Monday, May 25, 2009

Anyone for a Big Lunch?

Have you heard of the Big Lunch? Basically, it's a party in your street, in everyone's street. On 19th July the organisers asking the people of Britain to stop what they're doing and sit down to lunch together. Sounds like fun to me.

Residents on Arthurdon Road are hoping to hold an event (they've had street parties there in the past) and have asked me to see if the Council will formally support the event, as many other local authorities around the country are doing. They are hoping to have a bit of food, some music played by children, and to play a few games such as the three legged race and egg and spoon. It sounds like a lovely, harmless way to spend a few hours and to get to know your neighbours. I'm going to write to the Mayor and see if he will support the day, as residents' approaches to officers thus far haven't received much support.

Looking at the website, it looks like Wickham Road are planning something too. Anyone else?

Events coming up this week

Loads of stuff happening in and around Ladywell and Brockley over the next couple of weeks, including the guided walk in the cemeteries tomorrow, the public meeting on the Fuel Poverty Bill on Thursday, the opening night of Brockley Max Festival this Friday and various events at Ladywell's newest (and only?) art gallery: Tank Art Gallery. Read on for further details!

Tuesday 26th May:
Guided walk with Nick Bertrand in Brockley & Ladywell Cemeteries

Meet at the Ladywell Road gate at 6.50pm.

Nick Bertrand compiled an ecological survey and management plan of the two cemeteries in 1995. The Friends group is seeking to build on this for their own management plan and are pleased that Nick has agreed to lead this walk. He will talk about the flora, fauna and ecological management of the Cemeteries.

A donation from participants is requested, to go to the Creekside Trust, of a minimum of £3 for members, and £5 for non-members of FoBLC. The walk is expected to last for 2 hours.

As this is an “after hours” activity, the cemetery gate will be locked at 7pm, so latecomers can not be admitted. This replaces the scheduled May meeting for Friends of Brockley & Ladywell Cemeteries.

Thursday 28th May:
PUBLIC MEETING: How to End the National Scandal of Cold Homes
Date, time: Thursday 28th May 2009, 7pm to 9pm
Venue: St Andrew's United Reformed Church, corner of Brockley Road and Wickham Road, Lewisham, London SE4 2SA

Invited: Joan Ruddock MP - Labour Member of Parliament for Lewisham Deptford and Climate Change Minister
Chair: Ron Bailey - End Fuel Poverty Coalition
Mervyn Kohler - Age Concern and Help the Aged Special Advisor
Ruth Bond - National Federation of Women’s Institutes Chair of Public Affairs
Dave Timms - Friends of the Earth Senior Parliamentary Campaigner
Gemma Townsend - Conservative Prospective Parliamentary Candidate for Lewisham Deptford
Cllr Chris Maines - Liberal Democrat Group Leader at Lewisham Council
Cllr Darren Johnson AM - Green Parliamentary Candidate for Lewisham Deptford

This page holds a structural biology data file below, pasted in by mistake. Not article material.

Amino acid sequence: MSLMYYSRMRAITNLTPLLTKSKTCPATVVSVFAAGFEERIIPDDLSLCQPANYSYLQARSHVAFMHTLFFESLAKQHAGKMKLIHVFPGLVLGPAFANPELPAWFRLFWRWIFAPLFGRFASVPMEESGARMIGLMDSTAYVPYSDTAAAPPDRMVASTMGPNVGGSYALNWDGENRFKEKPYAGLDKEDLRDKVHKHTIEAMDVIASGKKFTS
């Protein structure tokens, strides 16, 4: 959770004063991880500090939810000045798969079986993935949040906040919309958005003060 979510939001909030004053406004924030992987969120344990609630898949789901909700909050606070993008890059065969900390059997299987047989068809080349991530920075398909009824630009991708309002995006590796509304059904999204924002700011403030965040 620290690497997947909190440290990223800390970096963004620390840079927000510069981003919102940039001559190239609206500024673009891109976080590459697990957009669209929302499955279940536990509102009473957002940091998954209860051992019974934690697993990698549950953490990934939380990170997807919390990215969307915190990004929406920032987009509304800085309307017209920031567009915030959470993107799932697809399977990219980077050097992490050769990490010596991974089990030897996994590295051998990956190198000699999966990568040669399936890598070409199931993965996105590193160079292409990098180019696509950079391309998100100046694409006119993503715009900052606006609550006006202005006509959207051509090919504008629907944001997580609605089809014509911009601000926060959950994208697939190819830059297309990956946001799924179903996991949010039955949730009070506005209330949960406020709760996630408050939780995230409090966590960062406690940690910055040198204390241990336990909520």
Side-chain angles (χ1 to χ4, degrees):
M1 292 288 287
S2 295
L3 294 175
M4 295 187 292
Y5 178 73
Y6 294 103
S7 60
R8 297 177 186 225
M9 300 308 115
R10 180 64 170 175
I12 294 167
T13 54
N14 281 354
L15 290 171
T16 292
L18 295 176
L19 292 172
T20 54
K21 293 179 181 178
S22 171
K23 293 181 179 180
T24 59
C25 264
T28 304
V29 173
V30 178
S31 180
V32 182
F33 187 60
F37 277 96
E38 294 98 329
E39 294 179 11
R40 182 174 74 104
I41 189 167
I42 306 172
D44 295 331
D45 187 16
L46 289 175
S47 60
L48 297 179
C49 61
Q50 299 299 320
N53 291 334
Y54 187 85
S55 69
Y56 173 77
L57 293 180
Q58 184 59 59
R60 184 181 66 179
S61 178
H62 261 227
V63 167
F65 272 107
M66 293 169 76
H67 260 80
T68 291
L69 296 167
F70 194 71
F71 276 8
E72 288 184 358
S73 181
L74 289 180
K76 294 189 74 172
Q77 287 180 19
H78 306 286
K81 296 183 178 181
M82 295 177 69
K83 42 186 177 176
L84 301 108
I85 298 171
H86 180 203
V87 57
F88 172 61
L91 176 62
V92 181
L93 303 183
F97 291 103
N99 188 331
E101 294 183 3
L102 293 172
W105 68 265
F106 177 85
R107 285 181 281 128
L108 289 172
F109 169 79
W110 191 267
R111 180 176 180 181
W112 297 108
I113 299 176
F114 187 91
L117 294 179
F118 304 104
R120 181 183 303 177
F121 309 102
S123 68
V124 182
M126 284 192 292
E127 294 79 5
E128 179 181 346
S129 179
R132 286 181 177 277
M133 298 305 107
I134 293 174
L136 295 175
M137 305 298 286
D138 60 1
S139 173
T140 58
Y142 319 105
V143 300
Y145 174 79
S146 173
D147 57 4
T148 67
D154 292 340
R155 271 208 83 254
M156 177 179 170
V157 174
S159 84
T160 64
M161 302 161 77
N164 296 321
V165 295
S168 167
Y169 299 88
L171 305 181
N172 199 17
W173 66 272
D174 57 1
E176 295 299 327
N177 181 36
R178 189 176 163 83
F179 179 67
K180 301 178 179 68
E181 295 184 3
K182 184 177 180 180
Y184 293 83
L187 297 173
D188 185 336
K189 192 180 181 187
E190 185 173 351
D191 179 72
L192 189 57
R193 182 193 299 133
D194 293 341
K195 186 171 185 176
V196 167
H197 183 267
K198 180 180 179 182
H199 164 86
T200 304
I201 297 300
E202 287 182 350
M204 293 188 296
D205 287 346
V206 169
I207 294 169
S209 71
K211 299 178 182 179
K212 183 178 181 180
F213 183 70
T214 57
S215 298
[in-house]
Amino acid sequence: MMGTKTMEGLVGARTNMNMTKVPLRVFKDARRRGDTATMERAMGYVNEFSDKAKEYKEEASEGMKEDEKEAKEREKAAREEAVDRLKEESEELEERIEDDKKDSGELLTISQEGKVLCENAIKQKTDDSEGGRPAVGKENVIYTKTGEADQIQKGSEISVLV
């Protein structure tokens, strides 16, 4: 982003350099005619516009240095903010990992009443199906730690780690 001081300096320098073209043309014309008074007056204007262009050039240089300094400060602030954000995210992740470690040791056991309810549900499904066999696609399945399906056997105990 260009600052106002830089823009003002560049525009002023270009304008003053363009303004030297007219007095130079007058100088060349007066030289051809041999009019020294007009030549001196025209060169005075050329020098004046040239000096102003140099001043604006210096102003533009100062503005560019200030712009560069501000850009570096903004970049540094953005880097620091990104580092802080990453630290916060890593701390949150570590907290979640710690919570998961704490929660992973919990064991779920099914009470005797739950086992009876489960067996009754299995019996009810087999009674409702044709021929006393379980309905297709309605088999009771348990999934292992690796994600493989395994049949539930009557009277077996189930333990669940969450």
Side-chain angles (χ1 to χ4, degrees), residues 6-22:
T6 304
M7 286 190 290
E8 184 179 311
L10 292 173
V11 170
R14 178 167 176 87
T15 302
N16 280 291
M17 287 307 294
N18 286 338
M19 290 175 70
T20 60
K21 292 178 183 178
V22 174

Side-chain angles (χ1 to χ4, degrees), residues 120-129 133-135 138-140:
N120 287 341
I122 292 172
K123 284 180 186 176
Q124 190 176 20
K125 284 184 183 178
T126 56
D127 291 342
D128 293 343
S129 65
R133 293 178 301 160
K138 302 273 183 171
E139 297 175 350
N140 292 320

Please come to this meeting to show Joan Ruddock you want her to back the Fuel Poverty Bill!
This is a public meeting - it is free and no booking is required.

If made law, the Fuel Poverty Bill, currently going through Parliament, would enact measures to end the scandal of cold homes, cut costs to the health service and generate tens of thousands of jobs. The Bill has strong cross party support including from former Labour Ministers. But not yet from local Lewisham Deptford MP, Joan Ruddock.

▪ In Lewisham alone nearly 3,000 older people have to choose between eating and heating.
▪ In Lewisham there will probably be 800 ‘excess winter deaths’ in the next decade.
▪ Fuel poverty costs the health service £1.9 billion every year: averaged out that’s nearly £9 million wasted in Lewisham.
▪ The public meeting is organised by the End Fuel Poverty Coalition (members’ logos are opposite).
▪ For more information on the Fuel Poverty Bill go to or call 020 7359 8000.

Brockley Max Festival
Brockley Max Festival kicks off this Friday (29th May) with the now traditional opening night gig outside Brockley Barge on Coulgate Street. You can see the full programme of events on their website. The closing event will be on Hilly Fields on Sunday 7th June. Not to be missed!

Tank Gallery at the Ladywell Tavern
I've been a bit remiss in not plugging the fact that Ladywell now has an art gallery round the back of Ladywell Tavern, although Brockley Central did a write up a week or two back. They have a number of events coming up in the next couple of weeks:

29 May: A Stitch In Time & The One I Love 1600 onwards free
Tank Gallery presents the solo exhibition A Stitch In Time by South London based artist Aoife van Linden Tol. Working primarily with explosives Aoife van Linden Tol detonates small bombs to make imprints on paper, wood and metals. This collection of work uses the force and evidence of the explosions to explore perspectives of time. Aoife van Linden Tol invites you to bring a photograph of the one you love or someone you love on the 29th May. She will explode a tiny heart or tiny kisses onto the photograph using gun powder. These will be displayed in the gallery in the evening. They will be kept for a few days for cataloguing and then returned to you. All you need to do is bring a photo with you to Tank Gallery and fill in a form. You can bring the photo on the day but it is advised to bring the photo in before 4pm on the 29th if possible.